Santorini, Greece. May 18 – 20, 2010

UPDATED!!!  This post is finished, feel free to read between the photos 😛

With this post what I’m going to do is post the pictures that I will be including.  It takes a lot of time to upload and insert each picture so I started by finding the pictures I want to use and then uploaded them all at once to just get it over with.  So.. I’m going to post the pictures instead of saving as a draft, and I will publish it and in the next few days I will update with what I have to say about Santorini.  For now… one of the most amazing places in Greece:  SANTORINI!!!!


When most people first hear of Greece, what pops into mind is the white buildings on the cliffs.  That’s what comes to mind for me at least and is mainly what I see other people interpret Greece to be.  Santorini is where this architectural style and landscaping is, and it was by far one of the most beautiful places I’ve been in the world.

We first arrived in Santorini on May 18th via a ferry ride from Myokonos Island.  The rest of the day, after checking into the hotel, was free time and because of my prior night’s engagements, I didn’t get even one hour of sleep so instead of going out in Santorini, I stuck around the hotel and went to sleep early.

The next day, May 19th, was a very happening day.  We began by taking a short bus tour and walking tour through one of the neighborhoods that had a great view.

(As always, click on the pictures to make larger.  They are all posted in very high resolution.)

One of my favorite pictures I’ve taken on the trip.  Jimmy Lyons & cat!!!

Next, we needed to get down to the water to start the next part of the day which consisted of taking a boat to the volcano island that sits very close to Santorini island.  Instead of taking the bus down, which is very common, we took the cable car which was a neat experience.  I’ve been on gondolas and cable cars before, but this one was a little different in the fact that rather than having continuous cars running, they sent six cars straight up and down at at time.  I’m not sure if this was a balancing act or if it’s any more or less efficient as other ways that I have seen done, but it caught my eye for some reason.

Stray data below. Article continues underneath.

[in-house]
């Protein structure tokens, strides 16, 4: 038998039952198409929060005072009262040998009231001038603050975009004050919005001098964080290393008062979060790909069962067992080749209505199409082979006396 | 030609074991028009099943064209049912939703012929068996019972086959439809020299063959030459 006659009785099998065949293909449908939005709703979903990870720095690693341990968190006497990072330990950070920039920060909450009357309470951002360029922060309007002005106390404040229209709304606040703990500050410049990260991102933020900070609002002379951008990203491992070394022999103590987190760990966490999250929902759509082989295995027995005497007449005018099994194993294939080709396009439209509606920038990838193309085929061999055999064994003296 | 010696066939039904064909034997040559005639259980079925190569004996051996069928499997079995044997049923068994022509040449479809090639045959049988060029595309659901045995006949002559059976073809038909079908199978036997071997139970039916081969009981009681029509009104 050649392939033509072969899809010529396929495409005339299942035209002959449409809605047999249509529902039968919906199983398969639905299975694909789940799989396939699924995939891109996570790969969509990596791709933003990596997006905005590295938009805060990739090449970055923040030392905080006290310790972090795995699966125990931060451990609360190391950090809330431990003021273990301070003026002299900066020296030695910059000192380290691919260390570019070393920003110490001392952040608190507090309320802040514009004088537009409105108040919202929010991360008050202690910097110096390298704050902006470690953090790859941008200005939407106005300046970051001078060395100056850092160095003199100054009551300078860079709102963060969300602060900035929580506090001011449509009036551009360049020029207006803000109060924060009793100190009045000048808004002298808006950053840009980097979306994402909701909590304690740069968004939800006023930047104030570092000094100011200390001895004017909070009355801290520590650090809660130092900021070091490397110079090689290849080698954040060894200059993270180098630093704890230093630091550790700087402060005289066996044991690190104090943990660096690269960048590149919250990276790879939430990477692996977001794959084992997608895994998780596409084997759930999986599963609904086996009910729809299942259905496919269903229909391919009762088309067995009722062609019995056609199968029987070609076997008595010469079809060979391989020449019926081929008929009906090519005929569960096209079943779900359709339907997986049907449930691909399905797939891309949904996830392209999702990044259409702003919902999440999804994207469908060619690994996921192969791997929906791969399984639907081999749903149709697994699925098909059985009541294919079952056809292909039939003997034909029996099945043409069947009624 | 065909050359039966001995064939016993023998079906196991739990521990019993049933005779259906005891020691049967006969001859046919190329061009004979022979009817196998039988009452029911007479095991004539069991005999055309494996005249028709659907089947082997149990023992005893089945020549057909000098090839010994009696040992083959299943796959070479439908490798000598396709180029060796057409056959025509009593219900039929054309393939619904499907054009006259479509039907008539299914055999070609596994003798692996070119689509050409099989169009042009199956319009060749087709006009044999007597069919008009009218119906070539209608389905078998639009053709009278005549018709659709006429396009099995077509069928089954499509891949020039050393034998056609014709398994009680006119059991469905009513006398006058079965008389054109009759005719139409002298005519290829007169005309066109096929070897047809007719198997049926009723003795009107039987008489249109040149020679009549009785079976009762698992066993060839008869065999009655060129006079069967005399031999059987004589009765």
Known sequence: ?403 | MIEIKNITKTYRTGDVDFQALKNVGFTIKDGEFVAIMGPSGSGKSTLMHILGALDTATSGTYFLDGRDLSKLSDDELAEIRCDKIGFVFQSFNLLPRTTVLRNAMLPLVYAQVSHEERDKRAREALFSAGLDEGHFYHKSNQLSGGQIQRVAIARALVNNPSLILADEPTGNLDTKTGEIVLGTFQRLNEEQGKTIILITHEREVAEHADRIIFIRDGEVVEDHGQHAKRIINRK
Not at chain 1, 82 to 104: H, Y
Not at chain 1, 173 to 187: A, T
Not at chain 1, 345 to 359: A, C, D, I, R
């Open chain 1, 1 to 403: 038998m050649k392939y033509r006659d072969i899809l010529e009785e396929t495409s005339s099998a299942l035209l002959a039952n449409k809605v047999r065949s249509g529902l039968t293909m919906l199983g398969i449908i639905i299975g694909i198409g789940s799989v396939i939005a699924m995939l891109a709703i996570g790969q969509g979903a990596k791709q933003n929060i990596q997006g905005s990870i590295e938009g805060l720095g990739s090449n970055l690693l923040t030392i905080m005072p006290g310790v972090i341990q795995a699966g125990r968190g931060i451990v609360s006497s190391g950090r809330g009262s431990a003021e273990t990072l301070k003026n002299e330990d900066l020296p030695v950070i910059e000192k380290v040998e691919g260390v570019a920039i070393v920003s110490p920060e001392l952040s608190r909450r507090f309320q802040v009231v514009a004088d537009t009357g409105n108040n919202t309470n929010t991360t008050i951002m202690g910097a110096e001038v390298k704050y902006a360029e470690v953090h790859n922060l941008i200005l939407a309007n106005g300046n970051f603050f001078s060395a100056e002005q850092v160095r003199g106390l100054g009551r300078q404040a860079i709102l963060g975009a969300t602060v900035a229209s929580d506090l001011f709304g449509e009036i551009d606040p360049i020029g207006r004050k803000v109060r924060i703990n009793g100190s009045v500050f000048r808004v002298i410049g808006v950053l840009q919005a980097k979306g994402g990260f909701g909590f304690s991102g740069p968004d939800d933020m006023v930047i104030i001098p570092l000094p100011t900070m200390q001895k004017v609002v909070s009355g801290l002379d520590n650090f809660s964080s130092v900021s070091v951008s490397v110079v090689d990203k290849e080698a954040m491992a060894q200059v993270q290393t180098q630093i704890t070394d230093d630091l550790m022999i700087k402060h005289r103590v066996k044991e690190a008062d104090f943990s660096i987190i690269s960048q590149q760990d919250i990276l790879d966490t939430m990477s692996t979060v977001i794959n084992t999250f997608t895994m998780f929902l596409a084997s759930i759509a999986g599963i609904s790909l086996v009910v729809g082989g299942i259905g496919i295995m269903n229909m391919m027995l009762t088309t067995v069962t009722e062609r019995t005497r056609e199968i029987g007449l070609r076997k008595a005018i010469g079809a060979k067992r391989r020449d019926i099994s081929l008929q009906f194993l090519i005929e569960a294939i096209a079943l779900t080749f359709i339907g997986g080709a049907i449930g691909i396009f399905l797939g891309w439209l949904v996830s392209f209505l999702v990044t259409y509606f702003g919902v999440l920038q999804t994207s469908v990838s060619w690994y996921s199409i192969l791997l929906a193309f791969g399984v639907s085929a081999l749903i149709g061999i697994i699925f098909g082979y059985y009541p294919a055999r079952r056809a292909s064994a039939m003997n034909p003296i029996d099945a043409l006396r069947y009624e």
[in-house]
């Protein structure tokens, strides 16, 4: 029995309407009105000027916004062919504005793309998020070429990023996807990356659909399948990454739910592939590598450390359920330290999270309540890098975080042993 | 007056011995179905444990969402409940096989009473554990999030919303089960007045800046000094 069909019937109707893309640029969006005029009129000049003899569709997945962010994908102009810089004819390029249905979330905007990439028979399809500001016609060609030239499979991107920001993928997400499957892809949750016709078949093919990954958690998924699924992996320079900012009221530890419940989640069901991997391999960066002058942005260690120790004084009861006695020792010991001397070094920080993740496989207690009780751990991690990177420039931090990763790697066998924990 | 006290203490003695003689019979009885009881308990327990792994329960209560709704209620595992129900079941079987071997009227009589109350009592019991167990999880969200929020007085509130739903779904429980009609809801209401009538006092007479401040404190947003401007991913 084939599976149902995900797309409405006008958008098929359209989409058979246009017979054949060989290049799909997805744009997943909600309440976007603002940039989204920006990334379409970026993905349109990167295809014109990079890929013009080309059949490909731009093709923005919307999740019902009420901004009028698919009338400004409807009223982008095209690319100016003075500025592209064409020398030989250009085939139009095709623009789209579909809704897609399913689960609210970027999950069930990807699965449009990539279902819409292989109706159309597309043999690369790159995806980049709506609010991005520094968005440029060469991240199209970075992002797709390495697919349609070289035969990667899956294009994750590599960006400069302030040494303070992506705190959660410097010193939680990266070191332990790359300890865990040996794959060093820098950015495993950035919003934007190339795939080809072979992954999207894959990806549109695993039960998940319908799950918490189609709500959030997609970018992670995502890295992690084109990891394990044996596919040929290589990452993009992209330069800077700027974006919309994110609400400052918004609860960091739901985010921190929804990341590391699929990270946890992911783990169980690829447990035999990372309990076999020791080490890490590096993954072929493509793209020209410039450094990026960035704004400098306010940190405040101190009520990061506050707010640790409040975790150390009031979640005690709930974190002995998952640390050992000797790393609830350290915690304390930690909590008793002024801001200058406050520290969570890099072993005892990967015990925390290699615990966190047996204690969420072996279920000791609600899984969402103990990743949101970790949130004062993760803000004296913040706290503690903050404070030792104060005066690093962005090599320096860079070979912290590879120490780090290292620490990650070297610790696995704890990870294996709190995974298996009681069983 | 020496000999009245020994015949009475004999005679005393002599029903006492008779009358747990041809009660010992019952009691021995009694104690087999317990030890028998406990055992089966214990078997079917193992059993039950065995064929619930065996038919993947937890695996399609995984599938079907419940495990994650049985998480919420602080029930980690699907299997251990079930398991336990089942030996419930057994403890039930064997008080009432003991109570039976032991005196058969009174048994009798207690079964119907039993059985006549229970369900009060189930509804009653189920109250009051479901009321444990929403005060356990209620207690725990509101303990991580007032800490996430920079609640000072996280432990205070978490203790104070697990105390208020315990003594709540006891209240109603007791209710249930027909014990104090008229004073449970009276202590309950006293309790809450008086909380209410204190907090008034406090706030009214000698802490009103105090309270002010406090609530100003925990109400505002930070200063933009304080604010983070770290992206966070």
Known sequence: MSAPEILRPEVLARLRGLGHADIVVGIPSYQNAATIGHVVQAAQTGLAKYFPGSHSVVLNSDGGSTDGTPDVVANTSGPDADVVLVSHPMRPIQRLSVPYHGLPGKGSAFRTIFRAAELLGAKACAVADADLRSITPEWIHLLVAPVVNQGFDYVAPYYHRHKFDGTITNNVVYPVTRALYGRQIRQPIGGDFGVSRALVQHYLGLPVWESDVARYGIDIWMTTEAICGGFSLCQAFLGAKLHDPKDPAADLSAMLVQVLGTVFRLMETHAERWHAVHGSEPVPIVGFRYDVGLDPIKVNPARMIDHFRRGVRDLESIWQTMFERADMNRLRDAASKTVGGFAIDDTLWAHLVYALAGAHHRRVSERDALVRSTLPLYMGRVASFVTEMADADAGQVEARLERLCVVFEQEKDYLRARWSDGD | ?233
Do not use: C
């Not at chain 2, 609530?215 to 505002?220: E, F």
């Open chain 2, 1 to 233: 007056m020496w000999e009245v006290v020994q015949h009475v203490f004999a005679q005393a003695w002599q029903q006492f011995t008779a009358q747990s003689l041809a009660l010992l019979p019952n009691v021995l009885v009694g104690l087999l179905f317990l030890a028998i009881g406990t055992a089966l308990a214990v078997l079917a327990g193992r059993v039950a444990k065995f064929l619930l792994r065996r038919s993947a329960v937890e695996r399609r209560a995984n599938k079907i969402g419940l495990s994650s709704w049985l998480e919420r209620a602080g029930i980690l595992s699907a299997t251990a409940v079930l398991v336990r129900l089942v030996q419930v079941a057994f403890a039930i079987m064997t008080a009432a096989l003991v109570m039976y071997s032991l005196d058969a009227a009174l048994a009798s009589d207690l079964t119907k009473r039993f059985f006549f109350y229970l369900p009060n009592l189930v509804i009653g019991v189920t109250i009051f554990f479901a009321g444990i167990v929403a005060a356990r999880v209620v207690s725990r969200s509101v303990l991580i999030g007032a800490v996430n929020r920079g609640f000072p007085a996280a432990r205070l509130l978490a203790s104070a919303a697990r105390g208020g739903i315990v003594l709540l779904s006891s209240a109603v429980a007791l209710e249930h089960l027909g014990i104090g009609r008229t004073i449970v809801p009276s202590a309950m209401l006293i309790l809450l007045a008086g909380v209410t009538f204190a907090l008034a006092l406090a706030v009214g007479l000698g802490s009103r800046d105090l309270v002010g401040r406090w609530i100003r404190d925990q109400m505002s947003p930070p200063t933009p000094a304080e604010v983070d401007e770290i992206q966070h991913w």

The volcano tour was one of my favorite parts of the trip.  We took a short boat ride over to the volcano, and it was bustling with tourists.  I’m not quite sure even one other person in my group enjoyed the volcano because it was a lot of hiking and not much more, but it was BEYOND AMAZING.  The volcano is probably about one to two miles off the shore of Santorini and it provides for one of the best views I have ever seen in the world.

When one hears the term active volcano, the first thing that most likely pops into his or her head is bubbling molten lava (MMM, sounds almost like chocolate molten lava cake for dessert, YUM).  And certainly that’s what I thought of when I found out we were visiting an active volcano, but I knew there was no way we were going to get up close to something that hot and dangerous.  Being on this active volcano was much different that I had expected, and the only sign that it was active was a small area where there is smoke slowly seeping out from between a few rocks (wasn’t able to get any pictures of the smoke, but I’ve pointed out in the pictures below which ones show the active area).

(Obviously this picture was not taken by me.  That’s the volcano off to the left and the mainland is Santorini.)

Active volcano.  Quite different than one would typically imagine.

The active part of the volcano behind me.

After spending a few hours hiking around the volcano, we then got back on the boat and went to the second volcano island where there is a hot spring.  I’m pretty certain if one was to jump straight into the water at the hot spring that it probably wouldn’t really even feel that warm.  But because we were told to jump off the boat about 100 yards from the hot spring, where the water was oh… about 65 to 70 degrees Fahrenheit, once we got to the hot spring, it definitely felt warm.

I’m a fan of cold water.  Sure it sucks jumping into at first, but something about swimming in cold water really appeals to me.  A few days before this when I went scuba diving in Mykonos, the water was about 62 to 64 degrees Fahrenheit and it was absolutely amazing being 20-30 feet underwater being surrounded by really cold water.  But on the flip side, I definitely understand why most people don’t like it.  I think if one just got over themselves and jumped right in and had an optimistic outlook, then they could find it enjoyable as well 😛

Anyway.. So, the hot spring wasn’t super hot but it was in comparison to the cold water that we originally jumped into.  Once we got further into the hot spring, the ground became red mud and it felt really cool to rub it on my skin (yes, I’m crazy).  The hot spring is 33 degrees Celsius, which is equivalent to about 91 degrees Fahrenheit.

As if the initial tour, cable car ride down the cliff, hiking on an active volcano, and then swimming in a hot spring in the middle of the Aegean Sea in one of the most beautiful places on Earth weren’t enough, we finished things by riding a donkey back up the same cliff that we took the cable car down.  I’ll keep it short:  I wouldn’t ride a donkey up the cliff at Santorini again!!!


Santorini Volcano

Santorini Hot Spring

Santorini Wikipedia

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